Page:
President Joao Lourenco and his main opposition rival Adalberto Costa Junior hope to win over the youthful and largely poor electorate in a race that could also affect pro-Russia ties.
Angolans have started voting in a tight race in which the main opposition coalition has its best-ever chance of victory, as millions of youth left out of its oil-fuelled booms are expected to express frustration with nearly five decades of the People's Movement for the Liberation of Angola (MPLA) rule.
The ruling party remains the favourite in Wednesday's election, though the margin is narrow enough for a surprise victory for the National Union for the Total Independence of Angola (UNITA), which could shift relations with global superpowers — with possibly less friendly ties with Russia.
Since independence from Portugal in 1975, Angola has been run by the formerly Marxist MPLA, led since 2017 by President Joao Lourenco.
But an Afrobarometer survey in May showed UNITA's opposition coalition, led by Adalberto Costa Junior, increasing its share to 22 percent, from 13 percent in 2019.
That's still seven points behind the MPLA, but nearly half of the voters were undecided. Many youths – under 25s make up 60 percent of the country – are voting for the first time.
In a tense run-up to the vote for both president and parliament, UNITA has urged voters to stay near polling stations after voting to reduce the risk of fraud.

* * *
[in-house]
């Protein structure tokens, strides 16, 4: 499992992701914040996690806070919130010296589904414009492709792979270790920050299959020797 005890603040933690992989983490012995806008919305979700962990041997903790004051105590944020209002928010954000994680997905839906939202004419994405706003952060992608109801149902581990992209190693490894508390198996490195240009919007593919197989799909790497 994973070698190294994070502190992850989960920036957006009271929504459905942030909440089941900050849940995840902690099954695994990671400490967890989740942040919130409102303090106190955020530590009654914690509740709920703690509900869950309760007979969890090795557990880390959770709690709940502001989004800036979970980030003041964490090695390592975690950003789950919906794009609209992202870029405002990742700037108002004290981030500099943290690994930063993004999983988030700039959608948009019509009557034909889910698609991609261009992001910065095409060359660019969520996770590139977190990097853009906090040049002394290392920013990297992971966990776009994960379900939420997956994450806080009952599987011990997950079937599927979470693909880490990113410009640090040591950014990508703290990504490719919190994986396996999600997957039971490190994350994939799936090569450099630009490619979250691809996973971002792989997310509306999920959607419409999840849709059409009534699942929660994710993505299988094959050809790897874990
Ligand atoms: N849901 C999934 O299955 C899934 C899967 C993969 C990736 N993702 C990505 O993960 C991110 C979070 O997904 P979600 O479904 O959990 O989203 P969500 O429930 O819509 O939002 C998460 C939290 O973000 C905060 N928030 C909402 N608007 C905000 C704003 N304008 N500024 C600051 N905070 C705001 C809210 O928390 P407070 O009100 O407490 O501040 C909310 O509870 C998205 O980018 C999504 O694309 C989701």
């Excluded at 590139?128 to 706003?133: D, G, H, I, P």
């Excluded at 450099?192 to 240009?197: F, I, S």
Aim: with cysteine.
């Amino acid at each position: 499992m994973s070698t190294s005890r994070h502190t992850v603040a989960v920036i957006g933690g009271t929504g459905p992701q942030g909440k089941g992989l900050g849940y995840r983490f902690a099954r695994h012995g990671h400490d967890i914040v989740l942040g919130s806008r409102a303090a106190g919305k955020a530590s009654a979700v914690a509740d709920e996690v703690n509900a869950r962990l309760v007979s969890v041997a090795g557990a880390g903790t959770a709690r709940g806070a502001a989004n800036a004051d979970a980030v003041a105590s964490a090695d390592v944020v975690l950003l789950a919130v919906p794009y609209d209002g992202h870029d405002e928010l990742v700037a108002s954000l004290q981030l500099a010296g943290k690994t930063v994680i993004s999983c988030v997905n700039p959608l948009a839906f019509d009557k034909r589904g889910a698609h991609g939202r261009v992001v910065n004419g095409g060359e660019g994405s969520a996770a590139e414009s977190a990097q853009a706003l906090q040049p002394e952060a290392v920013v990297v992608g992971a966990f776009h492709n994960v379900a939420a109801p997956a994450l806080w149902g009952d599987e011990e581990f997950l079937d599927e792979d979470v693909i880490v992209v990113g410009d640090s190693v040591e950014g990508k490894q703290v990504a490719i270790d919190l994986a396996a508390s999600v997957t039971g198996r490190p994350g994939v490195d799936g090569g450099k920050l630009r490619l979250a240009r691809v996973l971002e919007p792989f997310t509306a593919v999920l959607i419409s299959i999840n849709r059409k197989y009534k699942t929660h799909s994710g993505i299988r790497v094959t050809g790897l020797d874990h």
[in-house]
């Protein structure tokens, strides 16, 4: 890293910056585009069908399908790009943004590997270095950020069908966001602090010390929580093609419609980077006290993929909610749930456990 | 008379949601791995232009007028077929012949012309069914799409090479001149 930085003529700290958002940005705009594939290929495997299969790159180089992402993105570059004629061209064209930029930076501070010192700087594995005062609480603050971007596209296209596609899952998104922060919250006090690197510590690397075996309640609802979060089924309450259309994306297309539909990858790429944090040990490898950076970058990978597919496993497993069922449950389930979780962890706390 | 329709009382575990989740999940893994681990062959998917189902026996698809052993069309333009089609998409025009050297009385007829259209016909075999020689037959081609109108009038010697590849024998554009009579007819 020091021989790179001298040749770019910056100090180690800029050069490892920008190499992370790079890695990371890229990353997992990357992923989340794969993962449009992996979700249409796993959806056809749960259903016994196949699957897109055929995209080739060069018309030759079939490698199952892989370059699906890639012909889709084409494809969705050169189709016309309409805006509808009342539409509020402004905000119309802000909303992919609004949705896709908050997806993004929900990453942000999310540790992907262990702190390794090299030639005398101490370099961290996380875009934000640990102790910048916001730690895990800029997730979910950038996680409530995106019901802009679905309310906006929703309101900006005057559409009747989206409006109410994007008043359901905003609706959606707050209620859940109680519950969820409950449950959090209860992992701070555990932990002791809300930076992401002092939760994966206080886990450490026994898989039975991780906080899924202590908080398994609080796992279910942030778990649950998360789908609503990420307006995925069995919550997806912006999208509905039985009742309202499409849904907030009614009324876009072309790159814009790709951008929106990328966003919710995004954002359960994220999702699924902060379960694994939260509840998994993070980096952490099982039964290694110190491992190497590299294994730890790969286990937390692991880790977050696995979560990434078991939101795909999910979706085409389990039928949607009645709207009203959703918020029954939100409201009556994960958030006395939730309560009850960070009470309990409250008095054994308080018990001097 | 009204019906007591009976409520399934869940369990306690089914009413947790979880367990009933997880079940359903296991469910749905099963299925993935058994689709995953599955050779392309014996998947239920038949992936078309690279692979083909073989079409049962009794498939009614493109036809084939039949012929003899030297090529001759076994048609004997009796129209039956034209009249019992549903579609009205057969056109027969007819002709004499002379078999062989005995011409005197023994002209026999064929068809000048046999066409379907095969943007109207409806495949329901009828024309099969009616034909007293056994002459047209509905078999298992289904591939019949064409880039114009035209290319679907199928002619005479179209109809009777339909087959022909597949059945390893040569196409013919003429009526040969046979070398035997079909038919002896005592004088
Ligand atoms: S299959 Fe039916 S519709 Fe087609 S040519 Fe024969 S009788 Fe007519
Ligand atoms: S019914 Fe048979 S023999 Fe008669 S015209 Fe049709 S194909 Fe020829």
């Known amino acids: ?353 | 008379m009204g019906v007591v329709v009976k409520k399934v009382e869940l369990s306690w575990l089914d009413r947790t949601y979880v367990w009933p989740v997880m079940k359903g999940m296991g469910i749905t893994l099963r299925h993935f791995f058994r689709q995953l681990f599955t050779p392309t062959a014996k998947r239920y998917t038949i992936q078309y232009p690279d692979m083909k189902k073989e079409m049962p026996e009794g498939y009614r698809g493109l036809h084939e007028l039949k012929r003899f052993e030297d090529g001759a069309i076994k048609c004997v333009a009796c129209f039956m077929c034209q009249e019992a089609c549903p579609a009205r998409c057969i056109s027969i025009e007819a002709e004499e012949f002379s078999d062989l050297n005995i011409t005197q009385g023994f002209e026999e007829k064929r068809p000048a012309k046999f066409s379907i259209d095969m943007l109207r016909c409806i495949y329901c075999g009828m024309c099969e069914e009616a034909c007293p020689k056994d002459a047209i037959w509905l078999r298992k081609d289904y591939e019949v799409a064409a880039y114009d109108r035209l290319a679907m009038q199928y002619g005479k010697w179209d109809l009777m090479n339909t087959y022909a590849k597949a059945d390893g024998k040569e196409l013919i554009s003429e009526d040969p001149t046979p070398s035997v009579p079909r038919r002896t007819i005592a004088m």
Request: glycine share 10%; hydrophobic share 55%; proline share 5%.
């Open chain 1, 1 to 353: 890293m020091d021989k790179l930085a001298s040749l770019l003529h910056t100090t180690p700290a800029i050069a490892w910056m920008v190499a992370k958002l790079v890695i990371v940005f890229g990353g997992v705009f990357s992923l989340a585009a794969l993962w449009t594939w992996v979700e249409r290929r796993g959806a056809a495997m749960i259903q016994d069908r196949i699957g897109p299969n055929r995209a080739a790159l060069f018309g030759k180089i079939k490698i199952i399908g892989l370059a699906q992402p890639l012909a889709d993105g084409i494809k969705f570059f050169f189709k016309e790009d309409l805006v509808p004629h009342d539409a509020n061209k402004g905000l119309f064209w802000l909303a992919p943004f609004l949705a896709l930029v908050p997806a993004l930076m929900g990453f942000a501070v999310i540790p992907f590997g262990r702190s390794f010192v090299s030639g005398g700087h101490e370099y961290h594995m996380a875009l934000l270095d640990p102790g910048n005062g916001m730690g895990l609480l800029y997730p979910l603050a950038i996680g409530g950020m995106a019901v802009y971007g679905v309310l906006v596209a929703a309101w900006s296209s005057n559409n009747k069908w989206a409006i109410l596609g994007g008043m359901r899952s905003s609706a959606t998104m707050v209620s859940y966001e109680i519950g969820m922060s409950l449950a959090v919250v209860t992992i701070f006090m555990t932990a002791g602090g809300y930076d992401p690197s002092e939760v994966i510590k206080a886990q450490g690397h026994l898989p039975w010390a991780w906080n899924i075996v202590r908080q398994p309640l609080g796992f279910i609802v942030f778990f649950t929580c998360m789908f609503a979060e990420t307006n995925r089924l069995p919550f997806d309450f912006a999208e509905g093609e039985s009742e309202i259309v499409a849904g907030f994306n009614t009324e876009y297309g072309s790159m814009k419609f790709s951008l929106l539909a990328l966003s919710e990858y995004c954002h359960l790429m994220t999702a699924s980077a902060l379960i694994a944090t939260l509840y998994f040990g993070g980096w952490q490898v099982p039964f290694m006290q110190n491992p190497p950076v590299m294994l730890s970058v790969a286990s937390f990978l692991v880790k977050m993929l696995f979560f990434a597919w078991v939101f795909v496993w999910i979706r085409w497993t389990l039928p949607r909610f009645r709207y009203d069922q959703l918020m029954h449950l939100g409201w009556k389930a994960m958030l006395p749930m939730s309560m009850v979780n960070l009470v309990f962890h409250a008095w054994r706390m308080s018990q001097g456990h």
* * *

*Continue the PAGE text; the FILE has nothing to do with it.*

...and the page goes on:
Tweaked vote-counting rules may delay official results by days, analysts say, raising tensions – which some fear may boil over into violence.
A UNITA victory could weaken decades of close ties with Moscow, for whom the MPLA was a cold war proxy during Angola's 27-year civil war ending in 2002, while UNITA was US-backed.
UNITA condemned "the invasion of Ukraine by Russia," Costa Junior said on Twitter. He also travelled to Brussels and Washington to build ties with Western partners before the elections.
Russia's ambassador to Angola, Vladimir Tararov, was quoted in the Angolan press in March as praising the country for its neutrality while lambasting UNITA for wanting to show it "stands with the West, the so-called civilised countries".
Lourenco has also opened up to the West since his election in 2017, but in March it abstained from supporting a United Nations resolution which condemned Russia's assault on Ukraine.
"It is highly possible that a UNITA win would mean a distancing of Angola from Russia," Charles Ray, head of the Africa Programme at the Foreign Policy Research Institute, told the Reuters news agency, but only if it can consolidate power over a pro-Russian military first.
Lourenco has tried to improve relations with Washington, and just before the elections applied to join a trade agreement with the European Union and southern African states, which has been in force since 2016. Talks start in months.
Angola, a former colony of Portugal, is a major producer of oil and diamonds yet years of civil war and corruption have left many Angolans in poverty.
Angola's economy is battling an economic recession and inflation which has caused the cost of living to soar in urban areas. A severe drought has parched Angola's southern provinces, affecting more than two million people.